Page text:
A Corten-Clad Monument in the Prairies Reflects on Métis Life

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Red cedar battens are "woven" through white cedar planks, having the look of the traditional weave of the Métis Assomption sash.
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The ability of Corten to be cut in large sheets allows it to create a "visual abstraction that relates the material to land division."
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Designated as a National Historic Site of Canada in 1923, the narrative of the village of Batoche along the banks of the South Saskatchewan River is a familiar one – appropriation of a thriving Métis settlement by the Canadian government. A new installation quietly contemplates that history.

Formed in 1872 at an intersection on the trade route that connected Winnipeg, Edmonton and the South Saskatchewan River, Batoche was home to a flourishing nomadic-turned-agrarian community, one that divided the landscape into linear river-lots that afforded every family river-side frontage. Throughout the 1880s, a number of policies implemented by the federal government threatened to dismantle the Métis way of life through the imposition of a grid-based system of land division. In response, the Métis formed an independent nation, the Provisional Government of Saskatchewan, in March 1885. In May, the dominion of Canada extinguished what they considered to be a rebellion.

A metaphoric bridge between pre- and post-battle, Living with the Land is a series of new interactive structures that compels a reflection on the cultural history of the Métis people, and on the important role that the linearly divided landscape played within that heritage. Conceived by Nova Scotia’s interdisciplinary design firm Form:Media and Ekistics Plan+Design, the installation is comprised of three expressions: a viewing lens, a platform and a family garden, the sequential arrangement of which places the land as main player.


Situated on Lot 47 – the original belt of land owned by Batoche founder Xavier Letendre – Living with the Land is first experienced through the viewing lens. A 2.4-by-2.4-by-3.3-metre open-ended volume, it frames a westward view towards the river, bringing into focus the Métis’ relationships with the land and water. The interior of the Corten-clad box is lined with horizontally situated eastern white cedar planks, their plane a correlation to the direction of the plot the box sits on.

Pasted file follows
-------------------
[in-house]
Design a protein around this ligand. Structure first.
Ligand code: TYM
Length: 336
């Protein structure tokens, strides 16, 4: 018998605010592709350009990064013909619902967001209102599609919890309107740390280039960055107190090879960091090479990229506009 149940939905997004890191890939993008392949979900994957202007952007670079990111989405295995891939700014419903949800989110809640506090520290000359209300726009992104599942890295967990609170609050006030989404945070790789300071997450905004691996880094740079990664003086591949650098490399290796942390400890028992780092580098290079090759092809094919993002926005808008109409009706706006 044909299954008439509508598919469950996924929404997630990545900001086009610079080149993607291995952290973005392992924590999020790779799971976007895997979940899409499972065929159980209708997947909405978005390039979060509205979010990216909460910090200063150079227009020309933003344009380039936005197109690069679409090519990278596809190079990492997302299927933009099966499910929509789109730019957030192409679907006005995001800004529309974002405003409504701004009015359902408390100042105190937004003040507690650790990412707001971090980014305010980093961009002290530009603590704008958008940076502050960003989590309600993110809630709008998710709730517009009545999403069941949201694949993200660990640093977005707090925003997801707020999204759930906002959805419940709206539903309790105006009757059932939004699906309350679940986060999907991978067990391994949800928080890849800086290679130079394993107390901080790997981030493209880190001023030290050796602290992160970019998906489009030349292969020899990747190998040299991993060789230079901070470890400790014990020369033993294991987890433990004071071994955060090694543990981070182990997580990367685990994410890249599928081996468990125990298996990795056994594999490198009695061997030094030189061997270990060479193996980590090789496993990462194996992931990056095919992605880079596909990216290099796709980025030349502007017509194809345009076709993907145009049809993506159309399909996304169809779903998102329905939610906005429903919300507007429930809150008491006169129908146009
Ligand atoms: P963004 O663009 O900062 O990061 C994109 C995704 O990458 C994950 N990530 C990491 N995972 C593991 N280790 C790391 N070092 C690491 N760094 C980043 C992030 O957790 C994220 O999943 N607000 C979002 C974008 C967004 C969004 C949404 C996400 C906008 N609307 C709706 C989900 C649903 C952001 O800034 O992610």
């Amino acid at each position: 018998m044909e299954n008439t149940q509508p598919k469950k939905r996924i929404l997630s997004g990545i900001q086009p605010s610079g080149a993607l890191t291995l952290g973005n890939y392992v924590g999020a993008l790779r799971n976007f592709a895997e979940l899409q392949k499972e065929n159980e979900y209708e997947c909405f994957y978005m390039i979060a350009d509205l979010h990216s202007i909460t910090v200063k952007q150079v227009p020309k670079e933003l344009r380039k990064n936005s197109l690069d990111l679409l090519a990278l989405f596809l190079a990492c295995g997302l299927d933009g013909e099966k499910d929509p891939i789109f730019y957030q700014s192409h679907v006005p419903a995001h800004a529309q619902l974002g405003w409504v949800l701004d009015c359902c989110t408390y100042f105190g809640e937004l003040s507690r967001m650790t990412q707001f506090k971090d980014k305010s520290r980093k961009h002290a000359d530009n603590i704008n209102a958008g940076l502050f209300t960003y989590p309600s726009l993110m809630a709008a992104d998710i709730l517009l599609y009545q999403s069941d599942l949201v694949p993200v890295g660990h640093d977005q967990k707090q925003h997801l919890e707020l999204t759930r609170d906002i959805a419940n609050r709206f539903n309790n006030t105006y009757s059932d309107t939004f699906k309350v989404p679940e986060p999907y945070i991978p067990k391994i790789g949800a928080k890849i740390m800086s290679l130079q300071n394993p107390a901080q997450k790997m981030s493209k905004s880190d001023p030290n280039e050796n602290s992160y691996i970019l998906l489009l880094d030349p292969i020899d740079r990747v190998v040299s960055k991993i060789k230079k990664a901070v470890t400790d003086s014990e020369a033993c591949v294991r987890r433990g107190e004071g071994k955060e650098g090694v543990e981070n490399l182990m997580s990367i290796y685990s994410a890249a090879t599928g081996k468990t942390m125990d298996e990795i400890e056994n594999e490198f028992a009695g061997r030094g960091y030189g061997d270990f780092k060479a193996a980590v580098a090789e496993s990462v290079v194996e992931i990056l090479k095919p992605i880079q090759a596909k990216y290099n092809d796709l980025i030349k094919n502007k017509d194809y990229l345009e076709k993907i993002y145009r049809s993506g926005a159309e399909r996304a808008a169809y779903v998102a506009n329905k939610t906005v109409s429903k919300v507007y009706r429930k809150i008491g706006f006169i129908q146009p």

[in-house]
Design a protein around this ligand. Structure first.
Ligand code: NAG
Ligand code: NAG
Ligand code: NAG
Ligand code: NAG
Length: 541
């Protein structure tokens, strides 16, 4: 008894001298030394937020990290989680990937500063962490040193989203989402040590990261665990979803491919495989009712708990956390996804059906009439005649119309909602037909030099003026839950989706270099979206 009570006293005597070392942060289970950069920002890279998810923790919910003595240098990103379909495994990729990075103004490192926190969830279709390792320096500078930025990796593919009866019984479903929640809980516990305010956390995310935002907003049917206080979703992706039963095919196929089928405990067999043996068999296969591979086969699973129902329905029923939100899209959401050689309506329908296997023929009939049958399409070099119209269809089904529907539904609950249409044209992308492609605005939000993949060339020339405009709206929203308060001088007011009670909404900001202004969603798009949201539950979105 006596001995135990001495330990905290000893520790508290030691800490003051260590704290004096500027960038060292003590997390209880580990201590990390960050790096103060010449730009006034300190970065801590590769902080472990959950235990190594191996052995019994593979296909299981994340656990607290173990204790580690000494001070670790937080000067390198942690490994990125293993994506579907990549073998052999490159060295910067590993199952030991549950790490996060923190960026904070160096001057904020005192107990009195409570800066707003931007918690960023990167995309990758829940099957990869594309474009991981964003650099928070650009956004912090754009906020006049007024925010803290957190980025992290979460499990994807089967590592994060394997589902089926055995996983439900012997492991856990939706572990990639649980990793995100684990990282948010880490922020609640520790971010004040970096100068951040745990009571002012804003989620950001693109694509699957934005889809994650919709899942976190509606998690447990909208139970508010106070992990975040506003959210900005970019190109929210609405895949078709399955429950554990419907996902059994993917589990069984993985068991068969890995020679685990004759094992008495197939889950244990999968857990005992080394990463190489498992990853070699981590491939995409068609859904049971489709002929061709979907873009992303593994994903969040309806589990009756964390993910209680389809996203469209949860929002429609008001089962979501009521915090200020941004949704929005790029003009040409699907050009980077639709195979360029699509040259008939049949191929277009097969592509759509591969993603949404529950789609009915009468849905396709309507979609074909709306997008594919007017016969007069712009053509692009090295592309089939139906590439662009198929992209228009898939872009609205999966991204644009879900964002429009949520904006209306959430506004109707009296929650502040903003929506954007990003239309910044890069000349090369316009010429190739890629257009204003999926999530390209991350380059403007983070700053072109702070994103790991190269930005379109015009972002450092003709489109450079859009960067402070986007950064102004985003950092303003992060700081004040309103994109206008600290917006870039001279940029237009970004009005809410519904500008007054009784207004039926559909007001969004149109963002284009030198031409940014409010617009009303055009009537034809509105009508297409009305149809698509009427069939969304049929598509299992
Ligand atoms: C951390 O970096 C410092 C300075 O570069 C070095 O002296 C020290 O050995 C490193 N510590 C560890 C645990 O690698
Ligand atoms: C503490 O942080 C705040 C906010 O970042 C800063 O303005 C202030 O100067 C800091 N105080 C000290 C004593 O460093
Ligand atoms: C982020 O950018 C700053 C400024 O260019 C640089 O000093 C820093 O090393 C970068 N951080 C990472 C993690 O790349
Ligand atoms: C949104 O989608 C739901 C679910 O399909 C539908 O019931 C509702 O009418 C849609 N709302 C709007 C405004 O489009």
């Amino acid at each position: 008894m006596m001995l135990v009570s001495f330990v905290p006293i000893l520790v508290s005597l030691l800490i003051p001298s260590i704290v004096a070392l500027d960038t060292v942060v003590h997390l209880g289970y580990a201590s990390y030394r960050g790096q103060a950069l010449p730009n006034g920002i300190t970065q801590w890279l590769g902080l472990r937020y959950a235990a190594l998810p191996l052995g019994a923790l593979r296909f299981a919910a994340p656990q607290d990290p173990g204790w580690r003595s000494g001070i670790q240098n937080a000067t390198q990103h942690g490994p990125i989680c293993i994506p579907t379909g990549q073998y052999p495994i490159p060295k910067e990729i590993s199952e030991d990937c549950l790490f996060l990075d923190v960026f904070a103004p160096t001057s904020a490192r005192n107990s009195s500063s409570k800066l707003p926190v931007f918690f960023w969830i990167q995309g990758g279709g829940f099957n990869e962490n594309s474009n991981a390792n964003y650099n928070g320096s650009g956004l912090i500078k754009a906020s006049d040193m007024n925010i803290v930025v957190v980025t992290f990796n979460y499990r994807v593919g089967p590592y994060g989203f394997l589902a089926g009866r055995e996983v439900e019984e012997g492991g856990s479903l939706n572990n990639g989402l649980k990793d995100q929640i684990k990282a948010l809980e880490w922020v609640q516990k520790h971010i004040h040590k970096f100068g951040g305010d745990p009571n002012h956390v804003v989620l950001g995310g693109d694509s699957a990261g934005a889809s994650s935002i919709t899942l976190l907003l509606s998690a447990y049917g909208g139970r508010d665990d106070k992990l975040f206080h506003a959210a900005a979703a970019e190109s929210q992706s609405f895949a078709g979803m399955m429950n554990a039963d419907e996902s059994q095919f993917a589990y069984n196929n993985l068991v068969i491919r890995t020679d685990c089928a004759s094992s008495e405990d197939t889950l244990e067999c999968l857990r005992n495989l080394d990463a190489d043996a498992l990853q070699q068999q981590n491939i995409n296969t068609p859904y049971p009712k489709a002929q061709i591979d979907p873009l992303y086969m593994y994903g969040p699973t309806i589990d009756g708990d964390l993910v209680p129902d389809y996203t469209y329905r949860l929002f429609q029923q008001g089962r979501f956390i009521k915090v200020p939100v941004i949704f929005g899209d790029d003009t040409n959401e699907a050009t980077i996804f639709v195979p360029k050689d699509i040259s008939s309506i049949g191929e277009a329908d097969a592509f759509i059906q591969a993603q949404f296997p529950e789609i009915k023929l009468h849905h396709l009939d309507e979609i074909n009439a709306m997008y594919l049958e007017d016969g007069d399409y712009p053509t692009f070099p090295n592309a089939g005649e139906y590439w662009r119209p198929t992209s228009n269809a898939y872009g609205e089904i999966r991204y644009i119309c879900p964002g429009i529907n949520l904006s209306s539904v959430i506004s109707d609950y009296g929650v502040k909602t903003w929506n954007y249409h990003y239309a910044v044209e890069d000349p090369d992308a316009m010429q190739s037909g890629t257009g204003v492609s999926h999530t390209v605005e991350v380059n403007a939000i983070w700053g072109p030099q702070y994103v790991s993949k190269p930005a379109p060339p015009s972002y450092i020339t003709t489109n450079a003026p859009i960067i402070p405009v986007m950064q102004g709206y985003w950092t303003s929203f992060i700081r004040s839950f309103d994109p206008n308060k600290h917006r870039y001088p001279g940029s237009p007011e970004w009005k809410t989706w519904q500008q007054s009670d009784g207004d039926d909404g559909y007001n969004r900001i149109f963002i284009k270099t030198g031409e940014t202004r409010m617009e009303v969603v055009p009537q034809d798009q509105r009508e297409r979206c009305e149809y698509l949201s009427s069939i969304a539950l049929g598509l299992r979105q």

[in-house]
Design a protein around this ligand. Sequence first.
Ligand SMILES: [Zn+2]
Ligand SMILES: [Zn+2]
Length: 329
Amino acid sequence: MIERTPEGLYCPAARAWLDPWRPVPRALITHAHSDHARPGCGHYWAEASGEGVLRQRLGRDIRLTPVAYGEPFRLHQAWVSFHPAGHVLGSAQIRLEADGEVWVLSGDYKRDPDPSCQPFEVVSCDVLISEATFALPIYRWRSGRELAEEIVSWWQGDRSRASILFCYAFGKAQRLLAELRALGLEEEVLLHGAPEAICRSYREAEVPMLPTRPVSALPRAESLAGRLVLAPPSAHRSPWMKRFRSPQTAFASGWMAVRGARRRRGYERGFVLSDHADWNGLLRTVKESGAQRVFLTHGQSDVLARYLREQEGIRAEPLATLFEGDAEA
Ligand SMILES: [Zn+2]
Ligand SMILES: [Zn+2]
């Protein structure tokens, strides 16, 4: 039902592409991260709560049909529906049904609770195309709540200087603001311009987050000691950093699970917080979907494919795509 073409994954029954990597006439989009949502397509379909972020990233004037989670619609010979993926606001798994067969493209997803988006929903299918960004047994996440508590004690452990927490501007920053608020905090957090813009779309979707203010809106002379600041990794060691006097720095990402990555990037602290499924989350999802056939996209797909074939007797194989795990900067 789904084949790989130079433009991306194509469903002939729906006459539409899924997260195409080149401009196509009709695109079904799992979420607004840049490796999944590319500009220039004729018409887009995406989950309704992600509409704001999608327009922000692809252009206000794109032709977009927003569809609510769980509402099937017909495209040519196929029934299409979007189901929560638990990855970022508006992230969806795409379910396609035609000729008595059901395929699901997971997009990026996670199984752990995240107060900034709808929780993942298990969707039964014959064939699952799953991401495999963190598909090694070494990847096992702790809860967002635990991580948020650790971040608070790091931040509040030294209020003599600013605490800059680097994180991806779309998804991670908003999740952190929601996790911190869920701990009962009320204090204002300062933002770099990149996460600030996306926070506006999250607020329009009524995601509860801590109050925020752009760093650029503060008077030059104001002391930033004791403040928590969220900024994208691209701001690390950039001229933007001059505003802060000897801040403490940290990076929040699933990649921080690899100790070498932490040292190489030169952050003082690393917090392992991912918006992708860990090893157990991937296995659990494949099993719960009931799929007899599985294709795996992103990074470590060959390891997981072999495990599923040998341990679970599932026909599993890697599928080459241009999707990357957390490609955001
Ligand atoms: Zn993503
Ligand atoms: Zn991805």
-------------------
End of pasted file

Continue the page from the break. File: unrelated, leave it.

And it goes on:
From here, a 730-metre meditative walk leads to the platform, two chambers linked by a stage. Again, Corten covers the exterior, and cedar envelops the inside, creating a material connection between the two land-separated buildings. In each, the wood panelling is held together by western red cedar battens, set at a 45-degree angle. “While developing the panels, we discovered, that like a woven textile, these inset battens acted as structural support, minimizing the reliance on fasteners,” says Chris Crawford, lead architect of the project.


The resulting aesthetic references the traditional weave of the Métis Assomption sash. Accessed via a flight of stairs, the platform is in reality three structures: an enclosure that offers a look back on the viewing lens, an elevated open-air bridge, and a second chamber. Here, there are three perspectives for contemplation: to the river, representing the Métis’ relationships to the water and the earth; to the plains, home to many Métis today; and skyward, intended as a the promise of the people’s “infinite future.”

Emerging from the platform, the visitor engages once again with the land at the family gardens, a 100-metre walk away. An area for play and picnics, the garden features a Corten-and-cedar shelter and tree stumps that encourage play and exploration. “For many Canadians, the Métis history ends with the North-West Rebellion of 1885,” says John deWolf, who led the interpretive planning of the design. “Our goal was to portray a culture, once thriving in Batoche, now thriving across the land.”

“Our hope is that Métis visitors have a sense a pride that their story is now being represented, specifically that they are here today as a proud and important part of our country,” adds Crawford. “I hope that visitors from afar grasp a better understanding of what a rich and important culture the Métis offer, that through these large-scale architectural and landscape features they physically experience the life of this site, and that by reinforcing this story with the land that people leave with a deeper understanding of what life was and is like for the Métis people.”


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